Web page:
BRADENTON – Longboat Key and Manatee County officials plan to talk more frequently about issues affecting the islands on both sides of Longboat Pass since their joint work session last week.
Shared challenges for Anna Maria Island and Longboat Key include beach erosion and renourishment, dredging, and what to do about Beer Can Island.
Beer Can Island
Longboat Key wants Manatee County to pitch in to clean up Beer Can Island, officially called Greer Island, and offer emergency medical and police services at the Manatee County-owned park.
Shifting sands in Longboat Pass have caused Greer Island – actually a peninsula on the north end of Longboat Key – to spread under the Longboat Pass bridge and out the other side, making a popular shady spot under the bridge for boaters.
But those boaters sometimes violate Manatee County ordinances prohibiting alcohol, littering and dogs on the beach, according to Longboat Key’s Assistant to the Town Manager, Susan Phillips.
Residents of north Longboat Key, who also are Manatee County residents, and Longboat Key town staff have been cleaning the park, she said, with the town’s marine patrol responding to emergencies, she said.
Manatee County’s marine patrol also has responded to emergencies, said Charlie Hunsicker, the county’s Parks and Natural Resources Department director.
The county is deed restricted from adding trails, bathrooms or picnic shelters to the park, but can step up to help clean the park, he said.
The erosion that is changing the shape of Beer Can Island also is threatening north Longboat Key homes, Phillips said. This is leading Longboat Key to call for Manatee County to help pay for groins to be built to protect the homes.
Longboat Key already has installed erosion control devices on town property to help protect residents on North Shore Road and those on the Gulf of Mexico, she said.
Hunsicker said he plans to meet with Longboat Key officials to address immediate erosion issues, which may or may not involve funding from Manatee County.
Some blame north Longboat Key’s erosion on work done to protect Anna Maria Island, such as the terminal erosion control groin built more than 50 years ago at the south end of Coquina Beach.
“Any hardened feature like that has an impact on adjacent land in Longboat Key, but they need that groin,” just as Longboat Key needs similar groins to protect the north end of its island, Phillips said.
The groin “keeps Anna Maria Island from going into the dredged channel,” Hunsicker said.
However, the groin is crumbling, and next year, “We’re going to remove the rock of ages and re-rock it,” keeping it the same size, he said.
Three similarly-dilapidated structures to the north on Cortez Beach on Anna Maria Island were replaced in 2016 and are functioning well, as expected, he said.
The three permeable, adjustable erosion control groins at Twin Piers (a third pier was added after the name stuck) protect Gulf Drive – a hurricane evacuation route – from stormwater erosion, he said. They are popular surfing and fishing spots.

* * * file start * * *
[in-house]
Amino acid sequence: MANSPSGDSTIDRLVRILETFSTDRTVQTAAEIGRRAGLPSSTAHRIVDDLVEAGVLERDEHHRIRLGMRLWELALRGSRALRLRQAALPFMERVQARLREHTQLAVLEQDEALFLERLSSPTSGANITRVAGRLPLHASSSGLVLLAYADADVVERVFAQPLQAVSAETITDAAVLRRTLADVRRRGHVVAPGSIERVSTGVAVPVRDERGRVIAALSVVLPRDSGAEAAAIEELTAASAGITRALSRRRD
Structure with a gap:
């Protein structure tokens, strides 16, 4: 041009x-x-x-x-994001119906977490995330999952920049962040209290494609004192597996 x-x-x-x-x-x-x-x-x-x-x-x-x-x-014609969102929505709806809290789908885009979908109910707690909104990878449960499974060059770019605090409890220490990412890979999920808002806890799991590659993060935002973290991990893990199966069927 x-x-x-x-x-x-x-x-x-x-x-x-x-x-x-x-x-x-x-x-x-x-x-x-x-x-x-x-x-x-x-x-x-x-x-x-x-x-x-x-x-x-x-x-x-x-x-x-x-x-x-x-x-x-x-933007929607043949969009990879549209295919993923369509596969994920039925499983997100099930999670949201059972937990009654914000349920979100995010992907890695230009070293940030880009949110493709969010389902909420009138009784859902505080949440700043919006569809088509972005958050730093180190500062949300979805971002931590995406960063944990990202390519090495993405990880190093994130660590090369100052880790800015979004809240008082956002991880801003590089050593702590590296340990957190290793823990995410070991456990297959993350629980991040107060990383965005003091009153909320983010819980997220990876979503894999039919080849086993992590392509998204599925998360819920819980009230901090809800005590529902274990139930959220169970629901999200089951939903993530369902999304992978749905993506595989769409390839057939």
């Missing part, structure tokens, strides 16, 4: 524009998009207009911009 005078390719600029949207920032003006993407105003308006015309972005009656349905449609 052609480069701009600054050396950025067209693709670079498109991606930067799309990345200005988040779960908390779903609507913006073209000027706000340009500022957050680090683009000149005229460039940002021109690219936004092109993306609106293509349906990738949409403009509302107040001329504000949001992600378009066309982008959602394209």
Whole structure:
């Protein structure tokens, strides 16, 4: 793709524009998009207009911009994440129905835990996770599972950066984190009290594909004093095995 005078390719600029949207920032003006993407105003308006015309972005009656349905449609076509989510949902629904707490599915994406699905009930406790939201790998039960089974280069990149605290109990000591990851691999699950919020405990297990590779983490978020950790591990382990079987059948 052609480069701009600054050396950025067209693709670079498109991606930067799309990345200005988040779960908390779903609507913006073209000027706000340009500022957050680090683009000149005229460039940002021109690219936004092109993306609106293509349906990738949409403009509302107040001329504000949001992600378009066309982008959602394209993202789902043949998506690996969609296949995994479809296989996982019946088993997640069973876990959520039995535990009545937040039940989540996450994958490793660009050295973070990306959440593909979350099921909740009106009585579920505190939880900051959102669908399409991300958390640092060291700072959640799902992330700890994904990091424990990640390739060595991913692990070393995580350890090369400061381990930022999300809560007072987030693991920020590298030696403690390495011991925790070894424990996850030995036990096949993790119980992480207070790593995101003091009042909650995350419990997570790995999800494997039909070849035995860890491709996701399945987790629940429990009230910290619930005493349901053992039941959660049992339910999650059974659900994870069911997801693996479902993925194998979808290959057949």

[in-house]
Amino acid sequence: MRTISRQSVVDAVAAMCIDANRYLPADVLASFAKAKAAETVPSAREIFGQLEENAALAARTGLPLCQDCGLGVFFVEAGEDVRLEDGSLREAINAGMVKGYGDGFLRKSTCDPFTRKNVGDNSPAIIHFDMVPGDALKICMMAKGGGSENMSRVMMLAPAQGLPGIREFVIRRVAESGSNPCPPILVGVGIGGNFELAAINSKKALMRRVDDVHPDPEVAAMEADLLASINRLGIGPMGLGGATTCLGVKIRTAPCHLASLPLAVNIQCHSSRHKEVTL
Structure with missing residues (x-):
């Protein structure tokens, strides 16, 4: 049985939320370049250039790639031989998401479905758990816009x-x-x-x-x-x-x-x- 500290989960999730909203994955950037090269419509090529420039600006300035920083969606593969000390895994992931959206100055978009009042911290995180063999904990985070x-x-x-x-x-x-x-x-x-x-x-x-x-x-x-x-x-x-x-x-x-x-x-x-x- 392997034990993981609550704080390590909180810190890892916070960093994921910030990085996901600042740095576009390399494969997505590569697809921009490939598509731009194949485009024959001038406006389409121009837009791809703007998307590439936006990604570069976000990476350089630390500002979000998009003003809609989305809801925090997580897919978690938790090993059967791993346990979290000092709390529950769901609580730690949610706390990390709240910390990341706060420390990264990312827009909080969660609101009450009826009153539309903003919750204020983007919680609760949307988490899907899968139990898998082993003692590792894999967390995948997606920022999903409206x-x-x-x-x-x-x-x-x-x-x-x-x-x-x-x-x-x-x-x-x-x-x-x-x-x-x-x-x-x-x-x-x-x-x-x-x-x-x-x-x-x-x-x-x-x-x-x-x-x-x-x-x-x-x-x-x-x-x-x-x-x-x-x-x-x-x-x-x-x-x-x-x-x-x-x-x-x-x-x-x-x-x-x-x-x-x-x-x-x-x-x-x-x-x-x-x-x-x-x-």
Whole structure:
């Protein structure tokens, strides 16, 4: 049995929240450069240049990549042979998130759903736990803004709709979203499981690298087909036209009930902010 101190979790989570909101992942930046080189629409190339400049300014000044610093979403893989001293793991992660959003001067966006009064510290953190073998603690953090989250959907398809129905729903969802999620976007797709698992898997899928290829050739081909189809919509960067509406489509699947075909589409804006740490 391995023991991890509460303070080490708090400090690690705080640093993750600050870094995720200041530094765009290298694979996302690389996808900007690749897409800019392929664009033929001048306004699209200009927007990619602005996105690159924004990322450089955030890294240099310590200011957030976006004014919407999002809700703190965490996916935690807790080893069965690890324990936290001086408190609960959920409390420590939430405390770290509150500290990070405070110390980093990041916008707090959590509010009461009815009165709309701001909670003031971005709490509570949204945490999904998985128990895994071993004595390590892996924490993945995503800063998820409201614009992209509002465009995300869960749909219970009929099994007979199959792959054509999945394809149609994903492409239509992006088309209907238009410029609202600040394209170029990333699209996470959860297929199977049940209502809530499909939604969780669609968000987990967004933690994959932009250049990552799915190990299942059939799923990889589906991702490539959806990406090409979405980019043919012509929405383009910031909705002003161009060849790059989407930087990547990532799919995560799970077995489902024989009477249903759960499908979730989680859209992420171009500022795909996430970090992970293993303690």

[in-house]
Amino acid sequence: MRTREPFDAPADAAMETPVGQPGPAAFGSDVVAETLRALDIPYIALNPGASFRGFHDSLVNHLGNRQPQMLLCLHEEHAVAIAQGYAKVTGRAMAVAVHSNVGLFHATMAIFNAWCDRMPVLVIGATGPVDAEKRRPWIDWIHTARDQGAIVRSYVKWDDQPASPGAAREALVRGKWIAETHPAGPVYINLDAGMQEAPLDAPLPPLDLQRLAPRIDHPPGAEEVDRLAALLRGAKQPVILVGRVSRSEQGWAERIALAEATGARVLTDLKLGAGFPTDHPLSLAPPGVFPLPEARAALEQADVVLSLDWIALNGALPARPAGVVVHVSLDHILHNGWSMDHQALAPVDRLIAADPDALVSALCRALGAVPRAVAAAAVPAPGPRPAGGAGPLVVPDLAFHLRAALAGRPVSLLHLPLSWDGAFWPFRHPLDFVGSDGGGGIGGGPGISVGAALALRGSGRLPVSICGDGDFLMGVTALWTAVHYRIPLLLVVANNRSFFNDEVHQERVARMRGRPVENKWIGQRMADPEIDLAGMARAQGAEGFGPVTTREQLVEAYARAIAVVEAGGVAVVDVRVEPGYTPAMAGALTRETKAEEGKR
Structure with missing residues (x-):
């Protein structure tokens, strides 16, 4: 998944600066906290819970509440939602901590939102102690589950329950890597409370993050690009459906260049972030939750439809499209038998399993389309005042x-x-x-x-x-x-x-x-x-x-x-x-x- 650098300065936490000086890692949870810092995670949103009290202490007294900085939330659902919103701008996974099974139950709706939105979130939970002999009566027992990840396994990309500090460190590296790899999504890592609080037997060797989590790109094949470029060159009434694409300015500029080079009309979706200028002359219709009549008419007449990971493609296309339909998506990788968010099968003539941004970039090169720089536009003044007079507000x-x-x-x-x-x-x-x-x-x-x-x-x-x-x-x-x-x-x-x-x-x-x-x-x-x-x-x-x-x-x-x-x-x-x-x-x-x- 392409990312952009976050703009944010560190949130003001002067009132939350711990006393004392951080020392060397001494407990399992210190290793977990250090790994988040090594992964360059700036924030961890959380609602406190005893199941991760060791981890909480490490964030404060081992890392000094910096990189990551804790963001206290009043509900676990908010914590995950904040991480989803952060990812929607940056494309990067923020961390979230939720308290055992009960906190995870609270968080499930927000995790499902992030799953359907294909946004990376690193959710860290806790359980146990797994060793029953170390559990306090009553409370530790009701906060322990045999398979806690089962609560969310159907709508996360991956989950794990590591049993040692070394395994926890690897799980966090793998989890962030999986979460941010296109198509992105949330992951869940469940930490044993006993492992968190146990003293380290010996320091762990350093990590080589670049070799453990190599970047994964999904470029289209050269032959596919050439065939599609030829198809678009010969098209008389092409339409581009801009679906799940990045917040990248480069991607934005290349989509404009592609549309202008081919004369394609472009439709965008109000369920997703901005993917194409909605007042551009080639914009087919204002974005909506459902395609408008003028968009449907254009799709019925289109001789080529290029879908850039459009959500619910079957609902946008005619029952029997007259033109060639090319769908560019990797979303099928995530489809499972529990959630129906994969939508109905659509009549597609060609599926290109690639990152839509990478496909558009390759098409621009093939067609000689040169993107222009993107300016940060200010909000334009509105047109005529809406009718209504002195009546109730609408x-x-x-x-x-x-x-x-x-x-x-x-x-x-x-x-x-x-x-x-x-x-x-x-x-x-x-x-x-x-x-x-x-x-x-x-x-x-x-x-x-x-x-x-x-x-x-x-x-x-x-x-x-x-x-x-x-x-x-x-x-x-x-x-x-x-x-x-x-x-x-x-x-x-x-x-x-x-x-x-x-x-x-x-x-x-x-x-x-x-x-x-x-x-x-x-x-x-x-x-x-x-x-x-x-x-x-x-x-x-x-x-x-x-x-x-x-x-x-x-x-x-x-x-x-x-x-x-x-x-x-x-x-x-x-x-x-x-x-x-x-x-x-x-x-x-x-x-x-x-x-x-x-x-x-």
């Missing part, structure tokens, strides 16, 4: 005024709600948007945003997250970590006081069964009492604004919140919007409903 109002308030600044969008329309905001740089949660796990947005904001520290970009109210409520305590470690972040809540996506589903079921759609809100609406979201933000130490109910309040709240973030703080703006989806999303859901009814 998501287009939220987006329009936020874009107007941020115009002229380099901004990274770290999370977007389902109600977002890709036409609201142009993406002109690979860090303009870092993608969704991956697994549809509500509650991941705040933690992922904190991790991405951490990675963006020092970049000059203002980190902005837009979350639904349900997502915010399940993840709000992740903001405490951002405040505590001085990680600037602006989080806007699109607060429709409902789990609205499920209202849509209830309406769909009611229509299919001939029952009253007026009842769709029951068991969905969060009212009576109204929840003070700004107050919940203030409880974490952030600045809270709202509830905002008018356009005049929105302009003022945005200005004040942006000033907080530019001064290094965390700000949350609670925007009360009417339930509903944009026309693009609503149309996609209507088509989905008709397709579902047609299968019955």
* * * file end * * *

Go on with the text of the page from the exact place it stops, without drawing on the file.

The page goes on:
The $7.8 million structures did not affect erosion on north Longboat Key, he said, noting that dredging done by Longboat Key in 1992-94 could have caused some of the town’s erosion problems.
Coquina Beach rocks
In between the terminal groin and Twin Piers are several rows of rock on Coquina Beach running perpendicular to the shoreline that were installed to curb erosion, but now are obstacles for lifeguards to get to beachgoers, Hunsicker said.
“In the next year, we are looking at the feasibility of addressing the 50-year-old rock groins at Coquina Beach,” he said.
Made of concrete walls containing rusting rebar and covered with rock buttresses, the structures are “a maintenance problem for us,” Hunsicker said.
They could be replaced with shorter versions of the three groins on Cortez Beach that would “substantially improve the visuals of Coquina Beach,” or a series of short, rock breakwaters 50-75 yards offshore, parallel to the beach and a foot above high tide.
“Beaches sometimes grow out to them,” he said.
Trying to find new ways to hold the beaches together, the county also has considered a system of undercurrent stabilizers, called geotubes, he said.
The system, developed by Dick Holmberg, is an alternative to beach renourishment, which is criticized for causing damage to fisheries at sand mining and dredge sites, disrupting nearshore marine life when the sand is dumped on the beach and bulldozed into the water to create a larger beach, and changing sea bottom contours, affecting currents and waves.
The smooth tubes, which are mostly buried in the sand perpendicular to the beach, extending into the water – similar to the placement of the rock groins on Cortez Beach – slow down the current like speed bumps, causing the current to drop the sand it is carrying, and building the beach.
It is designed as a one-time repair, as opposed to beach renourishment, which is a continual process.
“We’ve looked at variations of that for more than 10 years,” Hunsicker said. “The system addresses small areas of erosion, called ‘hot spots,’ on short distances of beach that are getting more erosion than adjacent areas due to underwater natural formations.”
While the system is effective in those cases, it would not be as effective as beach renourishment is on long stretches of beach like Anna Maria Island has, which erodes at roughly the same rate.
Manatee County does not have the resources to bring in large equipment to repair small areas of beach, he said.
“By the time we are fully mobilized for a large project, it wouldn’t contribute to the overall effectiveness of the project,” Hunsicker said.